With the shared economy forging into our everyday lives and share offices are taking over the commercial property space right around Australia, it is crucial to ask whether clubs can learn anything from this latest trend, and how can they create a revenue stream from the new way people work.

Suburbanite founder and director looks into this for us and answers this question, with a big ‘YES’! Clubs can make money from this and 100% should be. Not only is it an alternate revenue stream, it utilises the club’s dead spaces and engages them with the local business community at the next level” says Porter.

Anna Porter says “the shared economy is here to stay, so, it is important to analyse how it works, what the benefits are and if it has a place in the club’s world. We are changing the way we work, so, can clubs become a solution to the growing problem of employees being displaced by their employers and clients growing desire to meet consultants closer to where they live and not in the CBD, as we have traditionally seen?”.

To add to that, says Porter;

“Hot desking, roaming consultants, solopreneurs who work from home and shared open plan office spaces have become popular with business in recent years, as organisations try and save money on real estate space.  However, many employees aren’t a fan of having no fixed desk, going to people’s homes all over the city for meetings or hot desking with their colleagues. Going to client’s homes can pose safety issues too, so solopreneurs and roaming consultants are always looking for professional and suitable options outside of their CBD office to hold meetings or work from between meetings, as an alternative to their own home or client’s homes”.

“The open plan and hot desking working environment has reportedly created some disharmony with staff. Recent studies have shown that open plan offices can lose people up to 28% of their ‘productive time’ through regular distractions from other staff,” says Porter.

“Some organisations around the Sydney CBD have so many staff all crammed into open spaces and hot desks that it becomes a first in best dressed scenario, but if you get in too late (like your actual start time) or you are out at meetings first thing and get to the office late morning, you don’t have a desk. This surely can’t be good for staff morale and low morale increases the businesses risk of losing key people,” claims Porter.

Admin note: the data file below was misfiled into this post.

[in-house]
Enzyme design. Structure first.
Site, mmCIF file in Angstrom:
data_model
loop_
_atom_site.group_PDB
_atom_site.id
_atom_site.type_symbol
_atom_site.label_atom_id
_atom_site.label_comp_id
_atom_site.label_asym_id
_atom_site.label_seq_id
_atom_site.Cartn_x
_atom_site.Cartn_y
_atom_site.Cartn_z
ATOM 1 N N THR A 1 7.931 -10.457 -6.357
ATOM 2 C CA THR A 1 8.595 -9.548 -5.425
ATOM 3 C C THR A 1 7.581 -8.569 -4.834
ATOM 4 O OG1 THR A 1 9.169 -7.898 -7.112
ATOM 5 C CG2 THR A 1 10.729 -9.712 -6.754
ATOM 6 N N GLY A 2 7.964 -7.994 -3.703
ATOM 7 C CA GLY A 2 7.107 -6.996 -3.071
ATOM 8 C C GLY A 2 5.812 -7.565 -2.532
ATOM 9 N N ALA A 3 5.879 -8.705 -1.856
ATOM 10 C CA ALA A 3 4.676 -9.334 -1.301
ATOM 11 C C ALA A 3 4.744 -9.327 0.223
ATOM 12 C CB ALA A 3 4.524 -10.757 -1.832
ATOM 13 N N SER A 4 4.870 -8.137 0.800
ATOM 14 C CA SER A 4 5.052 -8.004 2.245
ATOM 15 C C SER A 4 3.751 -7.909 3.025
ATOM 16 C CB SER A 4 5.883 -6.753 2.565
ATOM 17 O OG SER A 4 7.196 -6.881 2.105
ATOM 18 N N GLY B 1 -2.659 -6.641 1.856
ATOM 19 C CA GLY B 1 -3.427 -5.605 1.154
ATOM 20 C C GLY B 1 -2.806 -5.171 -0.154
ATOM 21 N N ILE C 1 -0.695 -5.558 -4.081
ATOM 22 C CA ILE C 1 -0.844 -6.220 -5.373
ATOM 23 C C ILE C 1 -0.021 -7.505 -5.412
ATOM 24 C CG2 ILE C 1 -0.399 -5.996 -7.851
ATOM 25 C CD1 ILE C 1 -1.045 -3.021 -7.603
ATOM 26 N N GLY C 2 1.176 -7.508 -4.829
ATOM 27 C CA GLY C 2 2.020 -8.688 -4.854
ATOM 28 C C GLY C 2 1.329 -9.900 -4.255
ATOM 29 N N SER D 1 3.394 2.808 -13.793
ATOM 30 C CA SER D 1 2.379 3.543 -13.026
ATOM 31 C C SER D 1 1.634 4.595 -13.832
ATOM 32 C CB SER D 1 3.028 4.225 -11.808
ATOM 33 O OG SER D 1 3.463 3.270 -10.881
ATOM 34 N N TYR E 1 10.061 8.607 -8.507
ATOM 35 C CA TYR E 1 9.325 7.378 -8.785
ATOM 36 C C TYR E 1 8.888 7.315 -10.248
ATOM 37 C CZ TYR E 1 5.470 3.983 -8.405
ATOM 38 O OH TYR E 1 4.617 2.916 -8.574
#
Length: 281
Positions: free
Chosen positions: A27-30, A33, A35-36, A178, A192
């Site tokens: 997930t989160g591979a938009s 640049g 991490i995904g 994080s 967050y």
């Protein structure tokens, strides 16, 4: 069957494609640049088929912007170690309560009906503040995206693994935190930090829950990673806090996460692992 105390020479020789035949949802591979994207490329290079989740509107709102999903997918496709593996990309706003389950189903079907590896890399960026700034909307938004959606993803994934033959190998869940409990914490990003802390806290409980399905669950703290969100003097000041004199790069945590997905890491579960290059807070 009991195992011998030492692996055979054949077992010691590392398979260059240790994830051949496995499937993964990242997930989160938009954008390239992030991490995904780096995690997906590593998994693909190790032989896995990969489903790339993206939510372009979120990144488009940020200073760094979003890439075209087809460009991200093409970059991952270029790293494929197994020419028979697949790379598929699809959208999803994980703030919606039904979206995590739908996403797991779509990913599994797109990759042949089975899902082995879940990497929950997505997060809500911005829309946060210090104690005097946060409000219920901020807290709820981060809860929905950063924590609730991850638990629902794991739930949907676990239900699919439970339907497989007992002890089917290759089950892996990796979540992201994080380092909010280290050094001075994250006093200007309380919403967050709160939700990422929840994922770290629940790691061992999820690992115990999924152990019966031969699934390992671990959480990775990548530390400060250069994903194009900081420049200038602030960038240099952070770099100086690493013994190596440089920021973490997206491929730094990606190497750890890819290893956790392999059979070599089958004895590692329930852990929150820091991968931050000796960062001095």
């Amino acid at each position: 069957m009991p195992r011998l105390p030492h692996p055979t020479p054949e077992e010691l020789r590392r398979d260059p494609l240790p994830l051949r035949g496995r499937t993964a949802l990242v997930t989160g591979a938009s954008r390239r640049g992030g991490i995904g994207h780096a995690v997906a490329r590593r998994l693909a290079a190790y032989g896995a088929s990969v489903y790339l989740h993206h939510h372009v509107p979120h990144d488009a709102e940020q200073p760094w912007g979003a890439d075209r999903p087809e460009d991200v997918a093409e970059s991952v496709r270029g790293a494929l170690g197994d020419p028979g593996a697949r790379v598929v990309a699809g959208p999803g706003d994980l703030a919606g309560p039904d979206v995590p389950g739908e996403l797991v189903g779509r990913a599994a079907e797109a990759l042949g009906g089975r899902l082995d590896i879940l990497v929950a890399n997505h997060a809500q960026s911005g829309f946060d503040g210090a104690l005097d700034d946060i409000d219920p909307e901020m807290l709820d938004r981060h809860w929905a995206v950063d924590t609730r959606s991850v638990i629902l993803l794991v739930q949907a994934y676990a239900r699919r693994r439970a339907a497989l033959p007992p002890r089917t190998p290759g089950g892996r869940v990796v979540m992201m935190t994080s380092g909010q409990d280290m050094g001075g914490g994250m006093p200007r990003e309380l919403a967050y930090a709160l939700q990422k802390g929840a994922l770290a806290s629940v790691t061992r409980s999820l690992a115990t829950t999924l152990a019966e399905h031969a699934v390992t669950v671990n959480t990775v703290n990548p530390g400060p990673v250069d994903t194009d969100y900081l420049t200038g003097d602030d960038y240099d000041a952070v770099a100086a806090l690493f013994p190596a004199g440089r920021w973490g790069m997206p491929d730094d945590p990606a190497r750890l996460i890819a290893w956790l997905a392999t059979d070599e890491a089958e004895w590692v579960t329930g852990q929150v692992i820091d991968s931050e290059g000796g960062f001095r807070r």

There are currently more than 400 ‘co-working’ and ‘shared office’ spaces listed on the online marketplace Office Hub for rent in Sydney alone.

Large top 100 companies are adopting the trend and Optus has recently launched a ‘university like campus’ in Macquarie Park to house employees in an open-plan space as they too are feeling the pinch of affordable space in the CBD.

In 2013 one of the largest organisations in the world kicked off a shared office hub development with Apple’s venture in Cupertino, USA. It is the largest office precinct on the globe, designed to house 12,000 employees in one building.

“The estimated budget started around $3 Billion, but the final figures are estimated to be up around the $5 Billion mark,” says Anna Porter.

Whilst this sounds like a staggering number, it represents less than 2% of Apples cash reserves, and for a company valued at $900 Billion in Feb 2018, this build is relative to the size of the organisation.

“Apple park is an approx. 260,000 sqm floor space laid out in a giant ring, with curved walls 4 storeys high, constructed from the largest panes of curved glass in the world,” continues Porter.

Considering the Sydney CBD has seen a 46.9 per cent increase in the flexible workspace market in 2018 it is obvious the model is starting to take over commercial real estate so, how can clubs cater to this emerging market?

According to Porter, Clubs have all the facilities at their fingertips to provide coworking spaces, meeting rooms and shared offices for local businesses to leverage as they need. Including onsite parking which is a rarity these days. Putting them in a position to help big business get their employees out of the CBD in into the suburbs or create a great meeting environment for professionals. Even simply offering a few meeting rooms and board rooms that can be booked at a local club will be appealing to solopreneurs, roaming consultants and sales teams.

“In this day and age, businesses are finding that their clients want to meet with their staff at all hours of the day and night and want the consultant to come to them. Businesses are having to look outside of the ‘box’ or the ‘office’ to satisfy the way we work in 2019.  So if every local community has a club, there is a strategy for clubs to engage with local business to bring these meetings and business activities into their clubs. The right structure around this can better utilise a club’s ‘dead spaces’, create more membership for the club, and if done right can create reoccurring revenue for them to provide ‘meeting and business’ memberships that allow access to meeting rooms and boardroom facilities,” finishes Anna Porter.